I then head to Eilat – Israel’s southernmost resort town on the Red Sea and there is a new vibe here. A sense of relaxation and a holiday mood is what you will sense here and the sea itself is one of the best especially if you want to swim. The calm waters here are almost therapeutic and the canals and waterways interspersed with landscaped gardens and flowering shrubs makes a wonderful sight for sore eyes. The musical fountain at Eilat is a must do while you are here and the show of music and water is synchronised to perfection and it is where families bond together as well. I was quite charmed by little children dancing in front of the fountains to the music getting drenched and having a whale of a time! And to get up close with nature, visit the Dolphin Reef a beach with water attractions and an opportunity to swim with the dolphins. In fact the dolphins come close to the staff and you can actually touch them! In Eilat a visit to the Underwater Observatory Marine Park – with underwater museum, aquarium, shark pools and coral reefs is a must as well. This is where you can also see how the underwater beings are fed and take a lesson in deep sea diving!
My last stop is Tel Aviv – Israel’s commercial, cultural and financial centre that is buzzing with life. This is where the beach welcomes you and the water of the Mediterranean Sea is simply breath taking. In complete contrast to the rest of the country, this is where you have tree lined walking paths, buzzing restaurants and a vibrant night life where the party never ends. And no it is not just all glitz and glamour, as you walk around you will see that this place also has some lovely Unesco-listed Bauhaus buildings, the calm Neve Tzedek quarter and Jaffa that has an interesting Arab heritage. The atmosphere here is pumped up and the fun vibe is impossible to miss. As it was my last day here, I decided to head to the beach next to my hotel that was abuzz with all kinds of activities – people swimming, playing with a Frisbee and children having a great time. And to my pleasant surprise I was treated to a sunset like no other. The sky morphed into myriad shades of orange and red and yellow and as I stood transfixed, I saw a man in a wheelchair enjoying life’s little moments as it is meant to be. Truly, Israel was a revelation in more ways than one and I have come away with memories that will always make me smile!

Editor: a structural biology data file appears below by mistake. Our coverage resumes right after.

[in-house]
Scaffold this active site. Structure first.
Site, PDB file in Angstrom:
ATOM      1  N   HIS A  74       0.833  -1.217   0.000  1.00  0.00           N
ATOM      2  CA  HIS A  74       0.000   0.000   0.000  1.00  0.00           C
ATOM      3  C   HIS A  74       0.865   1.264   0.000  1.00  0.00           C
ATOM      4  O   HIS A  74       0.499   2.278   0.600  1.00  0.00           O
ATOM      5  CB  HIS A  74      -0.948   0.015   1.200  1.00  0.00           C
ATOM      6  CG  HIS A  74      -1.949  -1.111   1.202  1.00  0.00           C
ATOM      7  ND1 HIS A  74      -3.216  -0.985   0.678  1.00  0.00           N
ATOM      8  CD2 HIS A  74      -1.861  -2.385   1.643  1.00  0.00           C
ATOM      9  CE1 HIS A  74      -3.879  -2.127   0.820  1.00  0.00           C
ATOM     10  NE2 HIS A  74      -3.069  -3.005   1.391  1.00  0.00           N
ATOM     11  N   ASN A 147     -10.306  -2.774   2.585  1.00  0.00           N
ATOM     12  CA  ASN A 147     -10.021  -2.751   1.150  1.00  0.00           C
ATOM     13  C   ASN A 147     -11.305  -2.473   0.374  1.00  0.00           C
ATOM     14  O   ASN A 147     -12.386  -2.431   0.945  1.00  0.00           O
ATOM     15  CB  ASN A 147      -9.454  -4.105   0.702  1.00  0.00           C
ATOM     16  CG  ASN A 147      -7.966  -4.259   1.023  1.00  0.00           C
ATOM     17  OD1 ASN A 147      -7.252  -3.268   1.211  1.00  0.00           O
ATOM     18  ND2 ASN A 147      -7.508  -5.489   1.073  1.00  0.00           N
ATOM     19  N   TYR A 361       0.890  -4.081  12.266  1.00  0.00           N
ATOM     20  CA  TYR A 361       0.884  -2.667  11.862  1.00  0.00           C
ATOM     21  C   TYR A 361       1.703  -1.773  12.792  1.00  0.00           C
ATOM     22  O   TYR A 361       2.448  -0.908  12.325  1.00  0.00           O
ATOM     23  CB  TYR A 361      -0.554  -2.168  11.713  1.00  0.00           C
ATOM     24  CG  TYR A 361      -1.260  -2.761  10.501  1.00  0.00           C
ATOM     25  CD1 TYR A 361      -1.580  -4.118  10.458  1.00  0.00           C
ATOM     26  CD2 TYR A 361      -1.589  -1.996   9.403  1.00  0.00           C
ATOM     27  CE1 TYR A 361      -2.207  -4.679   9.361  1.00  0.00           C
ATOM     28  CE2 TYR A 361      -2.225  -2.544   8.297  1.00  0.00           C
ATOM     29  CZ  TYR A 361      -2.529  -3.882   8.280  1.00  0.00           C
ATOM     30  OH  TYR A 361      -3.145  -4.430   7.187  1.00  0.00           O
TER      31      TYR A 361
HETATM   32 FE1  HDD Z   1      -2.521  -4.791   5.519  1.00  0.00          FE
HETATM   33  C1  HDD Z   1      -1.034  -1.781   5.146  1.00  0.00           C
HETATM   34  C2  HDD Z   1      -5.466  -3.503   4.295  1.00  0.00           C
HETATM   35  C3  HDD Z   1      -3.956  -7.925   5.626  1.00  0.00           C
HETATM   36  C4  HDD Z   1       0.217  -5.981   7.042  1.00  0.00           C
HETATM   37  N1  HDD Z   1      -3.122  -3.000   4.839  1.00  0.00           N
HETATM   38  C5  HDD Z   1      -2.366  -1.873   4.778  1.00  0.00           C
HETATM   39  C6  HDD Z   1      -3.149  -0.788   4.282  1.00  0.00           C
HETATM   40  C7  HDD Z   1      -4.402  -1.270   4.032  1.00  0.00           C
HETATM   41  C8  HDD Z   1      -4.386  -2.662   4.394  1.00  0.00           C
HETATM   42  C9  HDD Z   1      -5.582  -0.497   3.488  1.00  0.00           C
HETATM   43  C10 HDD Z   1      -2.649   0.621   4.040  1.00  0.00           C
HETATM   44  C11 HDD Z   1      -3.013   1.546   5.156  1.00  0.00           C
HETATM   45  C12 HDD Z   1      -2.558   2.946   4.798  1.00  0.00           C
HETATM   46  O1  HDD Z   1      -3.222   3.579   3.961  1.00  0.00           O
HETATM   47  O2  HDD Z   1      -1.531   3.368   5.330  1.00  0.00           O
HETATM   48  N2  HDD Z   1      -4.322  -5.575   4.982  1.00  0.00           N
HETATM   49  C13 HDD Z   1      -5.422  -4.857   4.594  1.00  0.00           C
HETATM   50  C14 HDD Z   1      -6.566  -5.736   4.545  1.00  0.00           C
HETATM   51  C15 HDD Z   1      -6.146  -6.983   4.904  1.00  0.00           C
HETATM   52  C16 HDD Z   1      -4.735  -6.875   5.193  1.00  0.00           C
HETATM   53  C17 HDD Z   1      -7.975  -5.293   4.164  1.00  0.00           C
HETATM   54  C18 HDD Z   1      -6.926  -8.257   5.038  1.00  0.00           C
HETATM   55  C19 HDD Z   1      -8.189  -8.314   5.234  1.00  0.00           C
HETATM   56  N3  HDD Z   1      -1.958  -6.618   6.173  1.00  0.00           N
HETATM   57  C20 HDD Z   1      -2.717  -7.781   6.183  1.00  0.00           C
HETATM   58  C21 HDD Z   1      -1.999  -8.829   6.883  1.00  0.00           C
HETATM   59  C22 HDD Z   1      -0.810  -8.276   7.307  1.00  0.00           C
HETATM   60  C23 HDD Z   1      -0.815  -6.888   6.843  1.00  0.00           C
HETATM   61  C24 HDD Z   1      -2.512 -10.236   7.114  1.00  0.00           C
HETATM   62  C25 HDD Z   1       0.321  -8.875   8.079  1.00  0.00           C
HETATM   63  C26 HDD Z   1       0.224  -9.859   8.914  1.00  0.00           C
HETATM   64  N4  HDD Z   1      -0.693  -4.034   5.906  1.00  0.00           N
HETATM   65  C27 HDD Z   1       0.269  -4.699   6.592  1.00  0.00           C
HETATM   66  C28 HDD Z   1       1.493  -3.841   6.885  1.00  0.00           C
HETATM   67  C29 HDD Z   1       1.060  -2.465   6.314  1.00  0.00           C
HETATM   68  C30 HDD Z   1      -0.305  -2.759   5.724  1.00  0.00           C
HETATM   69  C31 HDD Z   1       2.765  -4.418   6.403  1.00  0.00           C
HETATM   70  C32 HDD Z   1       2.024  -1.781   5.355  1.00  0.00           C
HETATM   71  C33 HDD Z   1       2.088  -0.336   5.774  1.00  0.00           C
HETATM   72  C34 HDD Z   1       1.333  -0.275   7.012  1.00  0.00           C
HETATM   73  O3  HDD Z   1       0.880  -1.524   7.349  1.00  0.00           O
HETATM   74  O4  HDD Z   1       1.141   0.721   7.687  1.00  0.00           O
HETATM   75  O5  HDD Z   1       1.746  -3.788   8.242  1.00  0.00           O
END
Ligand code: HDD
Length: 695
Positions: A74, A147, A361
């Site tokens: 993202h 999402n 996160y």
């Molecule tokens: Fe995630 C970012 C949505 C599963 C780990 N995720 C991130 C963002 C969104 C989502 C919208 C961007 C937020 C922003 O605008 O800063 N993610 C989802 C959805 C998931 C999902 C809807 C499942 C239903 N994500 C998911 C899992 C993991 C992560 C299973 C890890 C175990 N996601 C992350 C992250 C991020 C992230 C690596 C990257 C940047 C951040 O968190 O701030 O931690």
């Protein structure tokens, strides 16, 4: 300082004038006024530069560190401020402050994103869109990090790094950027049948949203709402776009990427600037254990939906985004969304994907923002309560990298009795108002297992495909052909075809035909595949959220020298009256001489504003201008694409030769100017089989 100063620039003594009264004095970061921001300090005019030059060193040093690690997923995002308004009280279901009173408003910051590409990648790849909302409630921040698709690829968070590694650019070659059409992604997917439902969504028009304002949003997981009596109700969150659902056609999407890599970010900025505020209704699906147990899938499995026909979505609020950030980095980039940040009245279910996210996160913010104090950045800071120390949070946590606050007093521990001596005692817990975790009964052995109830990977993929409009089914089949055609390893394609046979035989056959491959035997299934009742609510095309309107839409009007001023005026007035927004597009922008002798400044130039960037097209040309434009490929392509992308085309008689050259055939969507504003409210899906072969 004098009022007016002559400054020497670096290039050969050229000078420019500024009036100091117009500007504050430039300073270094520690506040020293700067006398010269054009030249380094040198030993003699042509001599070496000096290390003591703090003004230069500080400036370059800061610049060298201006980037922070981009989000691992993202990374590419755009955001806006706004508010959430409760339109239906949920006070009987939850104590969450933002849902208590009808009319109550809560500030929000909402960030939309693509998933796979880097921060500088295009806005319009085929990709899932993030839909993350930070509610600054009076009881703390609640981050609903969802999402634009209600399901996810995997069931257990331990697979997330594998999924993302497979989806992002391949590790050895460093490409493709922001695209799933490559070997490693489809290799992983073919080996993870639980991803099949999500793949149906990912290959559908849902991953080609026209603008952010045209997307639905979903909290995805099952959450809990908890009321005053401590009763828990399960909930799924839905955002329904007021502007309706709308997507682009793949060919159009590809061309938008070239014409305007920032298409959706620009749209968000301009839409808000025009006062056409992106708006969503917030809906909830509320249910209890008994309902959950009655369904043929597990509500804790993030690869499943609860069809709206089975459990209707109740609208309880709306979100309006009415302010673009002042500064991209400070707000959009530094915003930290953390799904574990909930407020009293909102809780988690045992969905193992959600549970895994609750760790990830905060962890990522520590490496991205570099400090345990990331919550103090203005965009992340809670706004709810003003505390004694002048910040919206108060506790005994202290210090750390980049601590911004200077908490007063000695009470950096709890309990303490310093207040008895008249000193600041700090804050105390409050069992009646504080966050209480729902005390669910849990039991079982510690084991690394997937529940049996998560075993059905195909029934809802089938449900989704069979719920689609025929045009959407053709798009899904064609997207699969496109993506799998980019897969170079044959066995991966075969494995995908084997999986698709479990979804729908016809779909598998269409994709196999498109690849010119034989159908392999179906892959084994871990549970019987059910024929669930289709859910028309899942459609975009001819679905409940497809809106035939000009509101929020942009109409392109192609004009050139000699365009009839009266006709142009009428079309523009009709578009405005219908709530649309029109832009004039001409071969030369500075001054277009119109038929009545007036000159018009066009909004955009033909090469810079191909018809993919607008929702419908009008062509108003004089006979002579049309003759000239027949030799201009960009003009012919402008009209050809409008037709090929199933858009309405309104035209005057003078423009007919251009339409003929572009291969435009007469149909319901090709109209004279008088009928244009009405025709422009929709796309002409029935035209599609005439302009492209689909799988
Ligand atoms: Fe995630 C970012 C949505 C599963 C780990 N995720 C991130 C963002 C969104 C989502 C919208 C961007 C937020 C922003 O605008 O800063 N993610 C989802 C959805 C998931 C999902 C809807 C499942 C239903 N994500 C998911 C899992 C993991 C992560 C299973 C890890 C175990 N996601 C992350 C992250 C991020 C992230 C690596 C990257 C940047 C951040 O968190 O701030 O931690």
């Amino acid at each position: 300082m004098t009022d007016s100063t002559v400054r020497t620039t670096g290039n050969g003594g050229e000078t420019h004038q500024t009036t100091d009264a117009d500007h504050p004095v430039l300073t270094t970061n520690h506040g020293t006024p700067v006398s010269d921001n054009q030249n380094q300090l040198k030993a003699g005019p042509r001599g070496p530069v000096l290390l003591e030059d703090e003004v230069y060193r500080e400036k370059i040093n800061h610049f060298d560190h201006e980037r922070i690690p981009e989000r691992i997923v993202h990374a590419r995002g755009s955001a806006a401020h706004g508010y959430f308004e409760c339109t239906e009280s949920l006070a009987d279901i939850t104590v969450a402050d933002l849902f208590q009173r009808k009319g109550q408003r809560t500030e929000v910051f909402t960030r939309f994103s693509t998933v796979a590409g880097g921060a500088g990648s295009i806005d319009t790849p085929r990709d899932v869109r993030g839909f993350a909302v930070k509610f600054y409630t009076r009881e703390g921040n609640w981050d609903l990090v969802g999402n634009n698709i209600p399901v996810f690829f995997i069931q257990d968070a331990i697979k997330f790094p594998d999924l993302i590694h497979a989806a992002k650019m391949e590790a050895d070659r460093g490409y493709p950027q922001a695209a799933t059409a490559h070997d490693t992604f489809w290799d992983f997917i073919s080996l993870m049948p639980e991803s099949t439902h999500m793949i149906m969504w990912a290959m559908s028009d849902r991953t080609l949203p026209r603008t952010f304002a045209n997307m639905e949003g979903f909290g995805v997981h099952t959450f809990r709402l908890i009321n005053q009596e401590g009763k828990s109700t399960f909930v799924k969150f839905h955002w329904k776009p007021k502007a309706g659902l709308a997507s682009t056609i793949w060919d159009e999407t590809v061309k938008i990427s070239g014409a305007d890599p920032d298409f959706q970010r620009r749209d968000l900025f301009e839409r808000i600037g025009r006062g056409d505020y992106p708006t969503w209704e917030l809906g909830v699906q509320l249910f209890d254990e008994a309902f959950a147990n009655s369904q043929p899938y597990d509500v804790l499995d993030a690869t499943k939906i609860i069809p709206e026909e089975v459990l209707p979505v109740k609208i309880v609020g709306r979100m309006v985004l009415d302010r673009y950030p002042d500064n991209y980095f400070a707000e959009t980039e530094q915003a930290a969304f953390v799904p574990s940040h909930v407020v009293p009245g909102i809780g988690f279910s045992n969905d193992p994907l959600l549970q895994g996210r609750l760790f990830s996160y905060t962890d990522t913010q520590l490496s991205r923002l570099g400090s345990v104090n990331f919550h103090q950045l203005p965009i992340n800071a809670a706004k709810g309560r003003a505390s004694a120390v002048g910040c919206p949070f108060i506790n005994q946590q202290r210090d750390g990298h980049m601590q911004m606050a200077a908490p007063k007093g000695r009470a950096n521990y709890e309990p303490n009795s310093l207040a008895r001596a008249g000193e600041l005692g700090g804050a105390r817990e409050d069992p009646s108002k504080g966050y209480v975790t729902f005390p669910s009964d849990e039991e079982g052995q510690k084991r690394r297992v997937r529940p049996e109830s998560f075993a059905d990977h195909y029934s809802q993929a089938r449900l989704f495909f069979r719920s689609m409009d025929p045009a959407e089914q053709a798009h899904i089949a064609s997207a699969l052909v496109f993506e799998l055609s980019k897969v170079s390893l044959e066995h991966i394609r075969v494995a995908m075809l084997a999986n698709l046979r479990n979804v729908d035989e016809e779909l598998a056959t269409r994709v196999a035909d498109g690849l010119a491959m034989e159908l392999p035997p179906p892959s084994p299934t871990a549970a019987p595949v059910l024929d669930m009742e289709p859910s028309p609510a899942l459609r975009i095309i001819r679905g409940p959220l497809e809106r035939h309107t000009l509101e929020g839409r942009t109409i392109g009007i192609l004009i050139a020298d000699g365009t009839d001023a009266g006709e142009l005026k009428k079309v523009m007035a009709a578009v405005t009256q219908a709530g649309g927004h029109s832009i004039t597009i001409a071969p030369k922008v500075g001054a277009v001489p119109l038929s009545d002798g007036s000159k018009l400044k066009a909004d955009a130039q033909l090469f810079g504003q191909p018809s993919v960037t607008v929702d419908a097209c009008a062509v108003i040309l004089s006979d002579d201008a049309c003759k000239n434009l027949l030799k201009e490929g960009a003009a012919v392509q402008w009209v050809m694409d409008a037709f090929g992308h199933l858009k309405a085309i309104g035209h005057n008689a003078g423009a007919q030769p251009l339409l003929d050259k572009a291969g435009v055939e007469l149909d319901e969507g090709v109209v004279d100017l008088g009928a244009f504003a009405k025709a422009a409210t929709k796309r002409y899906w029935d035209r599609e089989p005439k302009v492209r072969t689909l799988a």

How to reach: Turkish Airways flies from Mumbai to Istanbul with an onward connection to Tel Aviv.
Where to stay: Israel has a number of options and Dan Boutique Hotel, Jerusalem, Ein Gedi Hotel, King Solomom Hotel, Eilat, Carlton Hotel, Tel Aviv are good luxury options.
- Israel’s currency is the Shekel that is not traded in India. However you can carry US Dollars and get it changed in Israel. Just make sure you spend all the currency while you are there.
- The summer is quite severe so adequate sun protection is a must. Carry a hat with you at all times.
- Try the local food and desserts while you are here especially the Israeli salads that are a great vegan option too. Vegetarians have several options as well.
This story appeared in the Feb 2018 issue of Smartlife Magazine here: SL_0218_84-91_Travel-Israel